The settlement also requires the company to enter a five-year corporate integrity agreement for federal oversight of its operations.
Universal Health Services, a for-profit public company which runs about 30 psychiatric facilities involved in the settlement, did not admit to any wrongdoing in agreeing to settle.
“UHS was eager to resolve this matter to avoid future distractions and the high costs of litigation,” the Pennsylvania-based company said in a statement to The Atlanta Journal-Constitution.
The company also said it “unequivocally disputes any allegation that it engaged in wrongdoing of any kind.
“Investigations of this nature are an unfortunate reality facing the healthcare and hospital provider industry” because they rely so much on government funds, the company said.
In its statement, UHS also said that it prioritizes “high quality, evidence-based patient care delivered by compassionate clinicians who determine appropriate treatment and care based on the individual needs of each patient.”
Under the settlement, the federal government will receive about $88 million, and about $28.8 million will be returned to states, which jointly fund Medicaid programs.
"My clients are happy that these claims saw the light of day and became public, to possibly prevent the same thing from happening to other patients — any patients at any hospital." —Raymond Moss, lawyer whose firm filed one of the lawsuits against UHS
The 36 whistleblowers who filed the original 19 False Claims Act lawsuits will split $15.9 million from the federal government’s share of the settlement. At least 10 of the whistleblowers originally filed suit in Georgia. Some of the suits remain sealed.
Raymond Moss of the Moss and Gilmore law firm filed one of the lawsuits against UHS on behalf of clients who live in Georgia. “My clients are happy that these claims saw the light of day and became public, to possibly prevent the same thing from happening to other patients — any patients at any hospital,” Moss said, stressing the importance of the False Claims Act and the federal government’s strong engagement.
An attorney for the whistleblowers at Anchor Hospital, former UHS employees Kenneth Russell and Yvette Gates, said they were satisfied with the settlement. “They’re satisfied that this wrongdoing has been revealed,” said Larry Golston, their Montgomery-based attorney at the Beasley Allen firm.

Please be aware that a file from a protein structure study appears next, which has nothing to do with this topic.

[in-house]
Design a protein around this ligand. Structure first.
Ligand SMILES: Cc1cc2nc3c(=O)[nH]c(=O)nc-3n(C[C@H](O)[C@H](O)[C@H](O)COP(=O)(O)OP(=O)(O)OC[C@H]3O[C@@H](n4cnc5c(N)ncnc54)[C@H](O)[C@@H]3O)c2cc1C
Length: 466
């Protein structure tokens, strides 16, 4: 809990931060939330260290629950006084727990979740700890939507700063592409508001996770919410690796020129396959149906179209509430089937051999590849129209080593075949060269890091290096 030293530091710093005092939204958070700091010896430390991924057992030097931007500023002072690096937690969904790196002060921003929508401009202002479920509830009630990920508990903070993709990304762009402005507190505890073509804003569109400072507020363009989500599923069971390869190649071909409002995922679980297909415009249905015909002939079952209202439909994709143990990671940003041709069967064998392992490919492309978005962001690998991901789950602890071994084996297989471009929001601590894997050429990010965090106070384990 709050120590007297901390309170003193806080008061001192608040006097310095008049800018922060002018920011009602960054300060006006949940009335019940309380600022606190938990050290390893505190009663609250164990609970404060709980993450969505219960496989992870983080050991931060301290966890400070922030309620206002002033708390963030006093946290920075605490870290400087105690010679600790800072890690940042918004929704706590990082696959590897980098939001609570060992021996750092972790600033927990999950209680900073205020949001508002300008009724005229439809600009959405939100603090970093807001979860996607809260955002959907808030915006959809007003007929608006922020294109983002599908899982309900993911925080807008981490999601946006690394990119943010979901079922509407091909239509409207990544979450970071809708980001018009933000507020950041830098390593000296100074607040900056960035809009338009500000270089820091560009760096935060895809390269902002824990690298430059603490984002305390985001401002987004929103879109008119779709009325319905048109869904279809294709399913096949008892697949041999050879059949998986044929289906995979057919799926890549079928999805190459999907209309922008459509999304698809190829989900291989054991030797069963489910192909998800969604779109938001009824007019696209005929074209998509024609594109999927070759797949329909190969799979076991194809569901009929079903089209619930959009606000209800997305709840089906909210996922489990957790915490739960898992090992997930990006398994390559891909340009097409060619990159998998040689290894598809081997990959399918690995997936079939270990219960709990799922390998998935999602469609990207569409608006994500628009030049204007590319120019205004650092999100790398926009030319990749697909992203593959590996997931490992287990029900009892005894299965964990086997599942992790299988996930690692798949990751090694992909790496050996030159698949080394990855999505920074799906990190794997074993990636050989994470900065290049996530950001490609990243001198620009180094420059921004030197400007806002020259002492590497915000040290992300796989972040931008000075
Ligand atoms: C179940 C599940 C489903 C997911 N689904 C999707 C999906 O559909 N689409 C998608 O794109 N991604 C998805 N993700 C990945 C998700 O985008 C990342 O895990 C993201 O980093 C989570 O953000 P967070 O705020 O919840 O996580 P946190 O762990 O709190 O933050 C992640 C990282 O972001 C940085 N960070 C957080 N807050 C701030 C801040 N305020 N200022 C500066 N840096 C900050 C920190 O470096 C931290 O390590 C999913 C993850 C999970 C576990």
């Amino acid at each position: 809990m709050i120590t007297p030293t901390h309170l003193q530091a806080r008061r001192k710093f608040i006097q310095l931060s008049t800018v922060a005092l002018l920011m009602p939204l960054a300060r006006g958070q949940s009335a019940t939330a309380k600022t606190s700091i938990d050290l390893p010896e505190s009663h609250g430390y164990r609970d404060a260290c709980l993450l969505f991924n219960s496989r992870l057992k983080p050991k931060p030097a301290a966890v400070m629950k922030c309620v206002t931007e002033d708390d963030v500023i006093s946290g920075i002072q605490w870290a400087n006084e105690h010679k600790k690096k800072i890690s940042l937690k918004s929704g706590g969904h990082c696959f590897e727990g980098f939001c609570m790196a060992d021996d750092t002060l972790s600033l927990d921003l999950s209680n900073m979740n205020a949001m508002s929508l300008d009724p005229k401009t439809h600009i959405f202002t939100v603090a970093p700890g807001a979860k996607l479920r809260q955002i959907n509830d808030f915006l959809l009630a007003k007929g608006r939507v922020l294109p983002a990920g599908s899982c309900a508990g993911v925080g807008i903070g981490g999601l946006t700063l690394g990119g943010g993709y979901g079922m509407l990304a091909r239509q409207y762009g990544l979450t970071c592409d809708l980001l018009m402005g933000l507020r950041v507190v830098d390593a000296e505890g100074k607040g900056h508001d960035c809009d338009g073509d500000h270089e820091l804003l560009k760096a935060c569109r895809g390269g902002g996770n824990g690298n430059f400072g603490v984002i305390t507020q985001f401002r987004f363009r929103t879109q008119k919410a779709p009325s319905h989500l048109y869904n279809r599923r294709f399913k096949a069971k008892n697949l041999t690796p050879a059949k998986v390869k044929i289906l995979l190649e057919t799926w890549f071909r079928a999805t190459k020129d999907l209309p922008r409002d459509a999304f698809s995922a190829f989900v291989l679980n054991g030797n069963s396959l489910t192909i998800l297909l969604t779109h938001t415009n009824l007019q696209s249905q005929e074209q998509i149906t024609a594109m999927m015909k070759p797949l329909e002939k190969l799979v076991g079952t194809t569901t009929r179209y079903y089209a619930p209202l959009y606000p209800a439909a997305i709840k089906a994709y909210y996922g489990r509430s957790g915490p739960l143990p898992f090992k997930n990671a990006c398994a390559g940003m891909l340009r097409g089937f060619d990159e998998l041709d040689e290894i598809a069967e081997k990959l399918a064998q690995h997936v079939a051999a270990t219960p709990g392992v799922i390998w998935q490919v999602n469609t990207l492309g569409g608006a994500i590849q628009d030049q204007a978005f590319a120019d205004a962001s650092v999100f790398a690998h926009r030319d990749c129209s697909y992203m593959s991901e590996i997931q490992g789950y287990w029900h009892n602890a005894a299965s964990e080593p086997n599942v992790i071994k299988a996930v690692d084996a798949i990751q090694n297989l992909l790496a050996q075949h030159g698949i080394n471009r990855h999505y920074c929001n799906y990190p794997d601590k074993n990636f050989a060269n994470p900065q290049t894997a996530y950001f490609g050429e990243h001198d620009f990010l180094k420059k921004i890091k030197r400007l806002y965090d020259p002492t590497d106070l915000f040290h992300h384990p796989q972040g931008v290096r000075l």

Russell and Gates claimed in their lawsuit that Anchor staff were pressured to conduct diagnostic psychiatric assessment in 30 minutes, while Anchor billed the federal government for one to two hours. They alleged that these abbreviated and quick diagnoses allowed for UHS and Anchor to routinely admit patients based on a financial objective, to make money by getting Medicare and Medicaid patients in a hospital bed at Anchor — in spite of the fact, they alleged, that most of the patients did not experience psychosis or were not mentally ill at admission.
UHS was under criminal investigation at one point, but federal prosecutors dropped the criminal case when the company last year announced an agreement in principle to settle the lawsuits, the earliest of which were filed in 2012.
Substance abuse treatment has become a wellspring of questionable practices, particularly during the opioid epidemic, as insurance companies and Medicare and Medicaid have covered addiction treatment and businesses have opened to take advantage of the possibilities.
This is the latest of several Medicare fraud cases involving Georgia healthcare providers that were recently resolved. In June, Piedmont Healthcare agreed to pay $16 million to settle a whistleblower lawsuit alleging that the system overbilled Medicare and Medicaid for cardiac care and illegally paid kickbacks to doctors who referred heart patients to its hospitals. Also in June, Augusta University Medical Center agreed to a $2.6 million settlement with federal prosecutors who alleged it submitted false Medicare and Medicaid billing statements.
In March, executives of STG Healthcare, a hospice, agreed to pay $1.75 million after they were accused of submitting false claims to Medicare and Medicaid for patients who were not terminally ill and so didn’t qualify for hospice care.
None of those health organizations admitted to wrongdoing in the settlements.
The largest settlement in Georgia for any False Claims Act cases was in 2016, when Tenet Healthcare Corp. and two of its Atlanta-area subsidiaries agreed to pay more than $513 million to resolve claims they paid kickbacks for patient referrals.